The Hoya R72 Infrared Filter Revisited
Amazingly, the weather (temps) have improved and moved from the mid 20’s to the high 50’s here in Pawleys Island, SC. BUT along with the increase in temperature comes rain!
Yesterday I had decided that I wanted to go out and shoot for a while before I went to the gallery for the day. Thinking about the dark stormy skies and the heavy rain I decided to go with Hoya’s R72 720nm Infrared filter for a variety of reasons. They are:
- The ability to see through the haze and rain.
- The ability to get detail in an otherwise gray sky.
- Dramatic B&W Infrared images.
- Decent exposure sensitivity for hand held shooting in stormy conditions.
While we have discussed some of these capabilities of a 720nm filter in past posts, let’s do a fast review of them!
Infrared, especially true Infrared (720nm and up) has the ability to see further through haze and clouds. It is for this reason that the R72 (or any other 720nm filter) is a wise choice for stormy days or skies that are a flat gray. The image to the left is a good example of this. The sky was totally overcast and a solid gray in tonality. Yet with a 720nm filter the camera was able to see through the gray into the underlying cloud structure which gave this image a very pleasant quality that the human eye could not see at the time!
Good skies as in those with broken cloud structures can be enhanced by using a 720nm filter. You will get a more intense contrasty image that just screams mood! When it is stormy and dark outside I always choose the 720nm. If you see a bad storm grab one real fast and you will see what I mean! The clouds can actually become the main subject in this dance of light! It did not take me long to realize that stormy days generate very moody images that are very popular!
Here is another couple of examples of where storm clouds can move an everyday image into the realm of world class images!
First an image of your normal run down barn on a dirt farm road. The barn by itself is a great Infrared Subject but when you combine it with storm clouds and a 720nm filter to see into the clouds you get an image that is beyond belief!
Another example is this image of an marshy area on the Waccamaw River in Pawleys Island. It was misting just before the main rain arrived, the sky was totally gray but with the addition of a 720nm filter the sky almost becomes the central subject in a very moody image!
Yesterday, it was raining very heavy and the sky was just solid gray. In fact the rain was so heavy that even with the 720nm filter the water kept me from getting structure in the sky. So I decided to build an image showing the background fading away into the rain. You cannot really tell if it is rain or fog but it doesn’t really matter, the mood is the same. What is striking about this is the apparent mist in the air while the sky shows up as stark white. I actually like the old time feeling that this image creates! If I had not decided upon a 720nm filter this image would not have been possible.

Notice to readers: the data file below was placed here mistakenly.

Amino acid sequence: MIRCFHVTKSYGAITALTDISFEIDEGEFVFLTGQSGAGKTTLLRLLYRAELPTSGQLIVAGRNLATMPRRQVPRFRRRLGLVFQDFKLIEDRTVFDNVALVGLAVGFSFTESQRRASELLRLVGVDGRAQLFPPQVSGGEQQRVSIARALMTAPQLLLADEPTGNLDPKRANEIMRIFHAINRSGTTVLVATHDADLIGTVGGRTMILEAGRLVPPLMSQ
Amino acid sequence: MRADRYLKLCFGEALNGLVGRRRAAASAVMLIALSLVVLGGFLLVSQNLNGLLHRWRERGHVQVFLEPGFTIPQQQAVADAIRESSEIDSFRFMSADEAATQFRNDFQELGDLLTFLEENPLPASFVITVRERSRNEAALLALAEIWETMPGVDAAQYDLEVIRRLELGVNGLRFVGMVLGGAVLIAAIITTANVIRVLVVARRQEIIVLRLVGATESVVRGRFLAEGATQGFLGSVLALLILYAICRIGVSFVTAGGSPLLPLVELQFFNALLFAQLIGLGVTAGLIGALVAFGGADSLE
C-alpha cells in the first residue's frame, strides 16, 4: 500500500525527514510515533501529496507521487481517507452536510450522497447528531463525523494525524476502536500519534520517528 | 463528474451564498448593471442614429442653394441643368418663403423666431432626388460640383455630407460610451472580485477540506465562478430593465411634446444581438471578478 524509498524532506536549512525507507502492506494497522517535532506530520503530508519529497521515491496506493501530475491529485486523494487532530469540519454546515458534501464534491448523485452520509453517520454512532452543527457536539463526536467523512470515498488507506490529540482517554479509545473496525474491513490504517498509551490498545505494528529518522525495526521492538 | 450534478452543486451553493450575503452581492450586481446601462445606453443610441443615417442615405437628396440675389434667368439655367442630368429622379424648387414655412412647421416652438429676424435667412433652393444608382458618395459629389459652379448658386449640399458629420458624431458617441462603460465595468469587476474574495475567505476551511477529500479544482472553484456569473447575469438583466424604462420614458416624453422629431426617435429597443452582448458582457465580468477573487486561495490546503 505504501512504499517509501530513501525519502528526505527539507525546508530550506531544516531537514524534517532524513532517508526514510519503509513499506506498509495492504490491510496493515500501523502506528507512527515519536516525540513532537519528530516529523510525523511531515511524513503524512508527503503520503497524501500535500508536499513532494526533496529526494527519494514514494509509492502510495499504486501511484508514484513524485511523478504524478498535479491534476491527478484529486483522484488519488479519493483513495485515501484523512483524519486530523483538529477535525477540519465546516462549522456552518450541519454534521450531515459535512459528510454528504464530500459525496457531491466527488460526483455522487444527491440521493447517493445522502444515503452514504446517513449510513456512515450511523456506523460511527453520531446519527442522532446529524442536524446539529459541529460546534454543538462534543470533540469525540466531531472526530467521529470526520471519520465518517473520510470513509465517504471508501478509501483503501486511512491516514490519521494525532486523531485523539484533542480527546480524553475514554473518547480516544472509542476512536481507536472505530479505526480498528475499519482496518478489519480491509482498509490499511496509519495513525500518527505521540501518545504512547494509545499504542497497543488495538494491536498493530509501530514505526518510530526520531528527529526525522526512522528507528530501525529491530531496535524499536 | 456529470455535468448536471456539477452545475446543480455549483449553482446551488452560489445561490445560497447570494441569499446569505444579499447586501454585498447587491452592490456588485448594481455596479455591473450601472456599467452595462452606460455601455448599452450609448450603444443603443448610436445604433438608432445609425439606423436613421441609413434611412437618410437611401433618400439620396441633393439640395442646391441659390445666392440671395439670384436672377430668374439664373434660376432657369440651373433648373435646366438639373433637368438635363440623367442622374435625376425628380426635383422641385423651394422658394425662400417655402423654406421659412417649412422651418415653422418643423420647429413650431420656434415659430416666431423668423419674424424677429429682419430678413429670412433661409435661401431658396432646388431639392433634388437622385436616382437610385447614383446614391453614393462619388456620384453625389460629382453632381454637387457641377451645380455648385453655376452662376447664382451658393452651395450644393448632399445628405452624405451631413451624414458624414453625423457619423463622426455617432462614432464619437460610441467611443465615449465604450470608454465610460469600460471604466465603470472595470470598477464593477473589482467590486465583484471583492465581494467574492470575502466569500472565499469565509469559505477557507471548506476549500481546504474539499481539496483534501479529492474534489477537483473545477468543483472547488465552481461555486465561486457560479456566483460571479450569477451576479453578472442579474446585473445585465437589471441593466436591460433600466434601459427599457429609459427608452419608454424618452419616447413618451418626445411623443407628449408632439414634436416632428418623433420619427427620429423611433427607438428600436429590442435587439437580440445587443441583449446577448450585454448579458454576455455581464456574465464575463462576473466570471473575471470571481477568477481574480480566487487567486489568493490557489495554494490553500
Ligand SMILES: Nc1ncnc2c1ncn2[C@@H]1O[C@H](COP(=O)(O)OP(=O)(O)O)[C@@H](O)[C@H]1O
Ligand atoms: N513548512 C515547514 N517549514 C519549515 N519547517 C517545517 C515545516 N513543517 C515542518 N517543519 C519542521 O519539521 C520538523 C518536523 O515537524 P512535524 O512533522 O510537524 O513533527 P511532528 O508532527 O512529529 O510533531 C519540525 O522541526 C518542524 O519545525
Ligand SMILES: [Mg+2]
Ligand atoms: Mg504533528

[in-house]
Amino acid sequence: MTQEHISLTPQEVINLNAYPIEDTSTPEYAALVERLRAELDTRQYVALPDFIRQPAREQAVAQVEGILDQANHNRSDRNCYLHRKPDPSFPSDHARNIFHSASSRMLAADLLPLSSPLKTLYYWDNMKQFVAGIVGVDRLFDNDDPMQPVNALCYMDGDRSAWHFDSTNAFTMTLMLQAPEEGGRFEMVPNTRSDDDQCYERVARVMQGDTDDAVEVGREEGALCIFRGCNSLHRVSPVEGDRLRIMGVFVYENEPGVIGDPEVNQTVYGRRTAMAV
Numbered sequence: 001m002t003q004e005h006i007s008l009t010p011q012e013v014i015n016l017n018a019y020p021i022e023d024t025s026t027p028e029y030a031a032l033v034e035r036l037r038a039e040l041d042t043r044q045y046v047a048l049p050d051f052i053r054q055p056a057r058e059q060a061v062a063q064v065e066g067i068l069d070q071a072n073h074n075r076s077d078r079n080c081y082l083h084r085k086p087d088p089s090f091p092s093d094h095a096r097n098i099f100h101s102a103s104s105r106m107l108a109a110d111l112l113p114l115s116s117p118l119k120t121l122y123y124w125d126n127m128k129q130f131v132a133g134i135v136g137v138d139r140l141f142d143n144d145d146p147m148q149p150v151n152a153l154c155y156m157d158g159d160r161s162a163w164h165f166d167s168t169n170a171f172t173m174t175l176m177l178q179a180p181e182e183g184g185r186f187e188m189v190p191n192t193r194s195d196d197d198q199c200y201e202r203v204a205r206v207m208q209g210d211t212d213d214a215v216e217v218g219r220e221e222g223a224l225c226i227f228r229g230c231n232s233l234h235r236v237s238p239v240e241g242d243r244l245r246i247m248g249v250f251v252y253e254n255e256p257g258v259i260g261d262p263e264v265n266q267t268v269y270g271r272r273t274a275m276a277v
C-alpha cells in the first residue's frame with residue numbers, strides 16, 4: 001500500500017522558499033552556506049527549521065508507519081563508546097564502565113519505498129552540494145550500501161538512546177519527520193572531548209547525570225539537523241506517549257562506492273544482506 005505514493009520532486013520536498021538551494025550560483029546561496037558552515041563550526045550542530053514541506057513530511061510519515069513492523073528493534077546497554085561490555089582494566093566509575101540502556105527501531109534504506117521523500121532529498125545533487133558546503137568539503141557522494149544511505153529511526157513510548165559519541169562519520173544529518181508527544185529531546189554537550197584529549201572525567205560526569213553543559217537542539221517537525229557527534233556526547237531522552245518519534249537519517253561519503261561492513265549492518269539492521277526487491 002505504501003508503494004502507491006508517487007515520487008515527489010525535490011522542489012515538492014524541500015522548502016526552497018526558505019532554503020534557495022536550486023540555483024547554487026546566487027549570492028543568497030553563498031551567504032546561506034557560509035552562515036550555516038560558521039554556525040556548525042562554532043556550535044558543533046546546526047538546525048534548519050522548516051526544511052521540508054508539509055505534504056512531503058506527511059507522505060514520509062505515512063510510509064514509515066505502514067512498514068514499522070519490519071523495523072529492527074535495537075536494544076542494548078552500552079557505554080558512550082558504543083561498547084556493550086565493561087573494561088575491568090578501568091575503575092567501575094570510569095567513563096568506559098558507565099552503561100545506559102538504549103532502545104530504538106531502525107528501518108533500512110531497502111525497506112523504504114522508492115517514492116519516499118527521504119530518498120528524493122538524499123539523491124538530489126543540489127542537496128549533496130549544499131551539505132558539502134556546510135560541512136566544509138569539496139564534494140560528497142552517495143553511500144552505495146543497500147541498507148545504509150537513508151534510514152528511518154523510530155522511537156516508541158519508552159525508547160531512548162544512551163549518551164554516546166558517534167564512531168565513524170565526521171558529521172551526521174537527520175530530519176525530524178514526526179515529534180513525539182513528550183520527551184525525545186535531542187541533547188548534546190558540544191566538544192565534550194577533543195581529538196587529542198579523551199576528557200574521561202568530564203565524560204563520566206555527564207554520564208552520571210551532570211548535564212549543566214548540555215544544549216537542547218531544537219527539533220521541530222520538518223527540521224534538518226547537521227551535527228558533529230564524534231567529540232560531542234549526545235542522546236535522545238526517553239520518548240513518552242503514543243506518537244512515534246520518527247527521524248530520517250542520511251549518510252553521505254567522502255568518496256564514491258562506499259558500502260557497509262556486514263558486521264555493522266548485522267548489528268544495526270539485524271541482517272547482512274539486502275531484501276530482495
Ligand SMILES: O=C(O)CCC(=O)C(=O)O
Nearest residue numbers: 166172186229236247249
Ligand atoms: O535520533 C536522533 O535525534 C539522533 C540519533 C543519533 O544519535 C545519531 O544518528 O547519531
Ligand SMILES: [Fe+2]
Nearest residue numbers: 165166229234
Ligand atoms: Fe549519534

Even though it was really dark outside yesterday I was able to shoot hand held with the R72 filter. This was mounted on my Olympus MZ 14-150mm lens at about 100mm using my Olympus E-PL1 Full Spectrum camera system. I was not able to get out of the car due to the heavy rain so I shot out of the window hand held! This is one of the powerful reasons that the R72 is such a good filter. You still have enough sensor sensitivity to shoot like this! This last image is of a set of boat houses on the salt marsh in Pawleys Island. There is good contrast and detail in it even though it was taken in a very heavy rain! The only real hint of the rain is the surface of the water. As an Infrared Photographer what more could you ask for?
Now, can you see why having a Hoya R72 in your camera tool box is a good idea? As in all things filter related, the darker the filter the more expensive it is. The R72 is no different in this. You can find one in 58mm for about $90. There are other filter companies out there with the same basic filter like the B+W 092. Bus as much as I like the B+W filter line I have to tell you that the R72 just gives better results!
What do you think?